The main features of a sound masking system are a pink noise generator, ⅓ band equalizer, amplifier, and a broad coverage speaker. These are the basic requirements for a system to be effective when designed, zoned, and tuned professionally; and typically all that are wanted/needed for most systems. Beyond these main requirements, modern sound masking systems offer a variety of additional features. These features, when implemented correctly, can enhance the usefulness of the system and save the client money. Below is an overview of the most common added features that systems can offer, how they work and when to use them.
How it works: The client’s phone system or desktop microphone is connected to the sound masking system so that the speakers can also send messages to occupants in addition to the sound masking. The system can be designed in a number of ways, depending on the client’s needs:
- Various paging areas that receive different paging signals
- One paging signal to all areas
- All areas that are receiving sound masking will also receive paging
- Paging to specific areas only where there is also sound masking
- Paging only areas
Most of the top sound masking systems on the market are capable of this.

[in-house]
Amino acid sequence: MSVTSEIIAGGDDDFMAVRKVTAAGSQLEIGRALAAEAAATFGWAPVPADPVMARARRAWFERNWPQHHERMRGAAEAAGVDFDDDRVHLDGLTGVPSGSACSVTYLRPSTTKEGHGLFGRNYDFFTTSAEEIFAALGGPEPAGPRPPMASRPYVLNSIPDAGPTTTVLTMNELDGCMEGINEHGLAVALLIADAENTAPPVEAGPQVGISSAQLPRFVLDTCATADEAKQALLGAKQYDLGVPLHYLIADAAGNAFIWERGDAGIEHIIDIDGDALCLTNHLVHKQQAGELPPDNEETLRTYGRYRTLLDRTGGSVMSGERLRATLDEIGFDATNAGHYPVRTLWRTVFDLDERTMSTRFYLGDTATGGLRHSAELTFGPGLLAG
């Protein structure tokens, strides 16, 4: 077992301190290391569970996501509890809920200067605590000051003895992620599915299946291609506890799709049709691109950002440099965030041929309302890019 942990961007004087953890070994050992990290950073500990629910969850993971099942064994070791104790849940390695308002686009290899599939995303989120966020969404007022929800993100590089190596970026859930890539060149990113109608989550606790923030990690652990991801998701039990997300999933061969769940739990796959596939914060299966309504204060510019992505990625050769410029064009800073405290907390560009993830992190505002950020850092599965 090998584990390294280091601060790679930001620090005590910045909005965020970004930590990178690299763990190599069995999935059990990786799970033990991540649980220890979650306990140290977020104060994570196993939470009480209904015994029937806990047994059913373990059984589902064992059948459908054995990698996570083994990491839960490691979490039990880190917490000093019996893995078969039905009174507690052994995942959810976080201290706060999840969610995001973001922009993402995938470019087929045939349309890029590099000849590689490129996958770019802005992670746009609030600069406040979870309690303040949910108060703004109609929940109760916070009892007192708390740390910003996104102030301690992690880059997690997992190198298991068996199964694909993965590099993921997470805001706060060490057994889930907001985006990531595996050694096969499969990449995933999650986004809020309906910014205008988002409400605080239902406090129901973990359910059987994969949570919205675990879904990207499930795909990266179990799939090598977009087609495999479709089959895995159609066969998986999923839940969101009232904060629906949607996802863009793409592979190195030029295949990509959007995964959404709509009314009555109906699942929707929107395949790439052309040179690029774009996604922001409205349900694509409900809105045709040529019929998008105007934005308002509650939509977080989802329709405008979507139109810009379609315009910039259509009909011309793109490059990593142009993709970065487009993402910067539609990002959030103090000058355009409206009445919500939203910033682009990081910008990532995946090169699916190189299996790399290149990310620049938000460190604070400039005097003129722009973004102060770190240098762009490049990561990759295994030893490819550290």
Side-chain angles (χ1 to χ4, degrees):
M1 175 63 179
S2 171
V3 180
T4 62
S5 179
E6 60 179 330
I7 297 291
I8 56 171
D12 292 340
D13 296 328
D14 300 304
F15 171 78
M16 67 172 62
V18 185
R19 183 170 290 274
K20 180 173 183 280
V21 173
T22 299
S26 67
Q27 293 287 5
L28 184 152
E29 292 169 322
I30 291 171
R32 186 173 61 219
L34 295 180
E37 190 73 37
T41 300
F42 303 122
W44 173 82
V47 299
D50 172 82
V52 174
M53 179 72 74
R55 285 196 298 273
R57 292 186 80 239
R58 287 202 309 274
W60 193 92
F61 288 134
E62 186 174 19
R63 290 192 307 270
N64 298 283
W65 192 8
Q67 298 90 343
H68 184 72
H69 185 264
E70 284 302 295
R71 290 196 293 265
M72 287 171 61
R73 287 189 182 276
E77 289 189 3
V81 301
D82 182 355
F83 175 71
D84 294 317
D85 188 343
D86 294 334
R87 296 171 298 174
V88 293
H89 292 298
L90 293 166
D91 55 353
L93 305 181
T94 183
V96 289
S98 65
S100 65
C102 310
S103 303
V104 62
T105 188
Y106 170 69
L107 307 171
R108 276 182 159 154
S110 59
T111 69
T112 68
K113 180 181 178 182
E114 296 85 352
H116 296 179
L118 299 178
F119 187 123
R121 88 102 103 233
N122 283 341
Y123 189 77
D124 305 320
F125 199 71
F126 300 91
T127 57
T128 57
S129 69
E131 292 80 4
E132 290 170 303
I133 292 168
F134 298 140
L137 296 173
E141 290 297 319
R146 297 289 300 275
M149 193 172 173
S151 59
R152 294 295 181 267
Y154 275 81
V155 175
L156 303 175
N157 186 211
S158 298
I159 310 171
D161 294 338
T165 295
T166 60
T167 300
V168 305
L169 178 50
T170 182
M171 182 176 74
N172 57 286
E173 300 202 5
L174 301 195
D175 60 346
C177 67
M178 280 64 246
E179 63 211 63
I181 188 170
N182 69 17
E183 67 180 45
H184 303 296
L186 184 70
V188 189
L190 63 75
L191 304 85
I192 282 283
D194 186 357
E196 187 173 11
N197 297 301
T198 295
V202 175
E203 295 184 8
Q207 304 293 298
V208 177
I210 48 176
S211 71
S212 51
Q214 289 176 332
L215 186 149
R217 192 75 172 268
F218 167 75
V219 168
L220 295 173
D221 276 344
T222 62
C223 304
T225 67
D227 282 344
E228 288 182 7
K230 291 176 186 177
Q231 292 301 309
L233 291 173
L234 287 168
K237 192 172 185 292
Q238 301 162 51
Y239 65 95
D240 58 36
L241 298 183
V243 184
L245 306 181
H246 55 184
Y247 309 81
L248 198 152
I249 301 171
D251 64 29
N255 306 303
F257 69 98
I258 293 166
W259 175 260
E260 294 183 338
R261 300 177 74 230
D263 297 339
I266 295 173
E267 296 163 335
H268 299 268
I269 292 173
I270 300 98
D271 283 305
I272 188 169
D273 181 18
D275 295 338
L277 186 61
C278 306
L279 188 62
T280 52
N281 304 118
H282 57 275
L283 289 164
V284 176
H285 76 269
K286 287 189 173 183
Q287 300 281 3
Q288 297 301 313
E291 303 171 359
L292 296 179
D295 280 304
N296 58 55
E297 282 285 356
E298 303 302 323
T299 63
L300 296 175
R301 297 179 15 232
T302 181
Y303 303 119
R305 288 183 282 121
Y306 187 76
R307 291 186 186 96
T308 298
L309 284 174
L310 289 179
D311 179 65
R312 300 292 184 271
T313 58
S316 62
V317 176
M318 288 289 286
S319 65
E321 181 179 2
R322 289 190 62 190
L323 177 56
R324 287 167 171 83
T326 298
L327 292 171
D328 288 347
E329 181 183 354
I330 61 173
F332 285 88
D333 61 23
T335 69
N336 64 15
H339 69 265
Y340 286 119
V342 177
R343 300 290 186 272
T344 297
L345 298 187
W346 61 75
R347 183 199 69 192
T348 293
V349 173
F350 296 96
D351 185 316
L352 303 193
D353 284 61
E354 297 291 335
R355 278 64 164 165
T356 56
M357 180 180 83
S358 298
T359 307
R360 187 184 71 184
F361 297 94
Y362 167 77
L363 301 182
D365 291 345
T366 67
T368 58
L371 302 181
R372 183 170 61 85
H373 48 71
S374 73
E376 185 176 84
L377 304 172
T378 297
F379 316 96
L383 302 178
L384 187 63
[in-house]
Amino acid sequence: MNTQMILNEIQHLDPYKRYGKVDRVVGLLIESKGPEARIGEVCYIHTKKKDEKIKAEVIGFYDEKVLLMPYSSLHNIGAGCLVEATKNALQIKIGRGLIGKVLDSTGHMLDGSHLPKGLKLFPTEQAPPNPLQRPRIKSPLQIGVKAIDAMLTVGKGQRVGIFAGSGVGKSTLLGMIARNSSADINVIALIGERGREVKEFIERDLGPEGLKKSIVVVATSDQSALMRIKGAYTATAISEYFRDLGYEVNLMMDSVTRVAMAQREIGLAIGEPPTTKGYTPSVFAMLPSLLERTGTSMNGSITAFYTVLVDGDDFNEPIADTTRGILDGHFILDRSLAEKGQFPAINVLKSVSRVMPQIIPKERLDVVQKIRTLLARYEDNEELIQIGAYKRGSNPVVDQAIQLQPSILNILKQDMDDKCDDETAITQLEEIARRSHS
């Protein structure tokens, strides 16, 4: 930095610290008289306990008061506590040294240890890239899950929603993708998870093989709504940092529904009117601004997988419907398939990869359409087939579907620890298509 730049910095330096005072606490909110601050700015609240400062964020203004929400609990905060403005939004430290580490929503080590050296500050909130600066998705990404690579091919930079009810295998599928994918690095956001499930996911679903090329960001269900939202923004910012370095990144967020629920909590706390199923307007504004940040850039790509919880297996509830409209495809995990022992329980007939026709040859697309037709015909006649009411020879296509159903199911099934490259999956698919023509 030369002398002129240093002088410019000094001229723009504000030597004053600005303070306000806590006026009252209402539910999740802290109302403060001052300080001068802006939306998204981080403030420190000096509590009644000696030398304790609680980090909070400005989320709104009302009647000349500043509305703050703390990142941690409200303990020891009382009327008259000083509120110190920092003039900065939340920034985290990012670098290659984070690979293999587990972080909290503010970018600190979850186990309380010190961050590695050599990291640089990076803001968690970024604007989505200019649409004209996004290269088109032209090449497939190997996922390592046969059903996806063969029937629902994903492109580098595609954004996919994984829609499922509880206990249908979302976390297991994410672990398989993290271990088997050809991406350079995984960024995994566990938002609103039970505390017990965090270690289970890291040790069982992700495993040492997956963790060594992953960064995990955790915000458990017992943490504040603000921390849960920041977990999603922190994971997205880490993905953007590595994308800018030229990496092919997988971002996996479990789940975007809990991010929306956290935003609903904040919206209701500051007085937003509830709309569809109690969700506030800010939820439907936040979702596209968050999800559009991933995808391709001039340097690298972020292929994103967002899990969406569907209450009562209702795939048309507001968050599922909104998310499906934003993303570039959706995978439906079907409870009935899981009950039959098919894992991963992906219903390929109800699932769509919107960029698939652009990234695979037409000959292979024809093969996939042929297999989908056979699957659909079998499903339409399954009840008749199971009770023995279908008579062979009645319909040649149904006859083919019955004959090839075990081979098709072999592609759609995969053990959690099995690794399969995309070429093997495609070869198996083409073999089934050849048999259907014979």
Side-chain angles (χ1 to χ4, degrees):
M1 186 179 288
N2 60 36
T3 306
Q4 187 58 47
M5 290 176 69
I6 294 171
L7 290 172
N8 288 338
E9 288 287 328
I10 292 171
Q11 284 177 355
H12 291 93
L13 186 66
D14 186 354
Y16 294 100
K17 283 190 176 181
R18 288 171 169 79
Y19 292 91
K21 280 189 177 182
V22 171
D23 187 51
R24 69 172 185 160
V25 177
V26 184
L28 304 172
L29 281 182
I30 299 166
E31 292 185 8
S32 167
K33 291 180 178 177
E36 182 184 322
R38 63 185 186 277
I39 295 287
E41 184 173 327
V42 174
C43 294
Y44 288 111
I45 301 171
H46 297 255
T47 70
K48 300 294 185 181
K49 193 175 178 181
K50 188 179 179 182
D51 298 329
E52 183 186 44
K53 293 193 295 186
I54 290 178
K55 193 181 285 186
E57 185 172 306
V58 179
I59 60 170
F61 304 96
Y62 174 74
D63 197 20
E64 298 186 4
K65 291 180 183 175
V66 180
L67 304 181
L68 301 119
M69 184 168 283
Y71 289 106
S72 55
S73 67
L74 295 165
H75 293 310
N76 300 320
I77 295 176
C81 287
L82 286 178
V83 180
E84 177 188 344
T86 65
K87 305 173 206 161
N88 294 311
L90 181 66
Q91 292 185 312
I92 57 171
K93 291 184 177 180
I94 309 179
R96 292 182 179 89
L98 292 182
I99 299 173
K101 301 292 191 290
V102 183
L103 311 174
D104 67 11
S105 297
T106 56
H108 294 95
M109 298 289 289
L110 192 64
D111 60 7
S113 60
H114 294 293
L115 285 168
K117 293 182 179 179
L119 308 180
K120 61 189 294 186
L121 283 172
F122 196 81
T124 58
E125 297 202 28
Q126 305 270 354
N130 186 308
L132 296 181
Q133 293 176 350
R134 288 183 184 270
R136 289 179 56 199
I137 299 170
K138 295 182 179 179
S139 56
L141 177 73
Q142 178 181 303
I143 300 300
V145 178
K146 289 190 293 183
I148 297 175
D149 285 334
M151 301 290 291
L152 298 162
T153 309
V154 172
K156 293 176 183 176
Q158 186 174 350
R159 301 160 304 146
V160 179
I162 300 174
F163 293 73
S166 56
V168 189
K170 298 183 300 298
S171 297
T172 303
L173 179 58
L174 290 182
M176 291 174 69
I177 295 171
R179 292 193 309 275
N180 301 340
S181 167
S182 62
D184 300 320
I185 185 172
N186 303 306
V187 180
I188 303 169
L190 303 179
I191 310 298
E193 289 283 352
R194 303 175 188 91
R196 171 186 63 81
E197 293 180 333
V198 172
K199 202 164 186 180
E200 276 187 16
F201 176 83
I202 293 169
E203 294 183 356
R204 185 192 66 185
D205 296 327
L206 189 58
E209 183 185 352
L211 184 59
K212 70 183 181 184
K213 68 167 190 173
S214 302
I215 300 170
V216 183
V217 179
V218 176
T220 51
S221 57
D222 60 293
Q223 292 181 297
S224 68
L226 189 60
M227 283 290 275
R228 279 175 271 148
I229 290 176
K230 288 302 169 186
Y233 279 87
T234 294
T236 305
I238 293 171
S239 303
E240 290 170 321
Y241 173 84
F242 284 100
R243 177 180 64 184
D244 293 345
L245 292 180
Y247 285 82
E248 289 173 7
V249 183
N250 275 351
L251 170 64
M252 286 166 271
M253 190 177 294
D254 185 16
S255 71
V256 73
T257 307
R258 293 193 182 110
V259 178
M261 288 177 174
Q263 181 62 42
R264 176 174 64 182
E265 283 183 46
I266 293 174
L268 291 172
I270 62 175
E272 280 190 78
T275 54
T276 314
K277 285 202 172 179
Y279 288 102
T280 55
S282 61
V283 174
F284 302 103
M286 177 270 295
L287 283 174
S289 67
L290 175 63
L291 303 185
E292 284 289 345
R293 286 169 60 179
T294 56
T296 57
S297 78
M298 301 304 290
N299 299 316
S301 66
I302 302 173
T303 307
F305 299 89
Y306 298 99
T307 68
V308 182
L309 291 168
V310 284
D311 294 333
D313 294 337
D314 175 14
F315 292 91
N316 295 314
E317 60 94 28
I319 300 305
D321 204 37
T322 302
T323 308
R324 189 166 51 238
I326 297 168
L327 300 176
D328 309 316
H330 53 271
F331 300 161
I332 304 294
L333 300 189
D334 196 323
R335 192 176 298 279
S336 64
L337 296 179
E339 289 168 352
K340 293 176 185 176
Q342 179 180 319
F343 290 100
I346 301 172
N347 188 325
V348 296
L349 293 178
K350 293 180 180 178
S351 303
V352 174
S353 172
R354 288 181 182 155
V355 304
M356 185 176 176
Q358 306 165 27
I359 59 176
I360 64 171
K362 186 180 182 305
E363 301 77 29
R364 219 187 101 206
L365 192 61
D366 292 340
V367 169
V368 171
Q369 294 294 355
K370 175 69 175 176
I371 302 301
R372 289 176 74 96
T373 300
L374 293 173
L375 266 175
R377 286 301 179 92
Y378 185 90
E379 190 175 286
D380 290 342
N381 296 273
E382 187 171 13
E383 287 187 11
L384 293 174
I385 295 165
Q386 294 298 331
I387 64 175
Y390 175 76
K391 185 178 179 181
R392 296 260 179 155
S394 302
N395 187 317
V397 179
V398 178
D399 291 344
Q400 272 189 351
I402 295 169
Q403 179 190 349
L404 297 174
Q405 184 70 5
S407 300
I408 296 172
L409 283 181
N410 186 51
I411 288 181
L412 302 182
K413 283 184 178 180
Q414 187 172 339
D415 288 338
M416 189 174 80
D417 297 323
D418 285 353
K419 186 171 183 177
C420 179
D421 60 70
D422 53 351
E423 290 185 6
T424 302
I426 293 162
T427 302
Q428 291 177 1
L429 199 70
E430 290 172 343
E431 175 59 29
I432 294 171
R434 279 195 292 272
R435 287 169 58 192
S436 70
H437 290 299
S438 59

When to use it: If you are considering both paging and sound masking for your space it is often more cost effective to combine both systems into one.
Pro Tip: Make sure to let your sound masking provider know early in the process that you would like to use the system for paging. This will help them to tailor your system’s design for your specific requirements.
How it works: The music input can be a hard wired or Bluetooth connection from a music source device. Just like paging, the system can be designed so that only specific areas receive the music or all areas.
Usually, the sound masking vendor will set the volume levels to your specified levels and then further volume adjustments can be done by users from the volume control on their device.
When to use it: The music feature on a sound masking system is most often used for waiting room areas but it can also be designed to be used in the main work areas only when desired.
How it works: This function turns the sound masking volume up or down at preset times each day. Most modern systems can allow for a number of pre-programmed changes each day.
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When to use it: One of the most common applications for using the scheduler is turning the system up at the start of the work day and then back down at the end of the day. The thinking with this approach is that when most people have left the office for the day, there is much less activity which makes the sound masking more apparent to those who remain. However, in our experience, people adapt to the masking levels and as the office occupants slowly leave for the day, those who remain will not notice as they adapt to the new sound levels.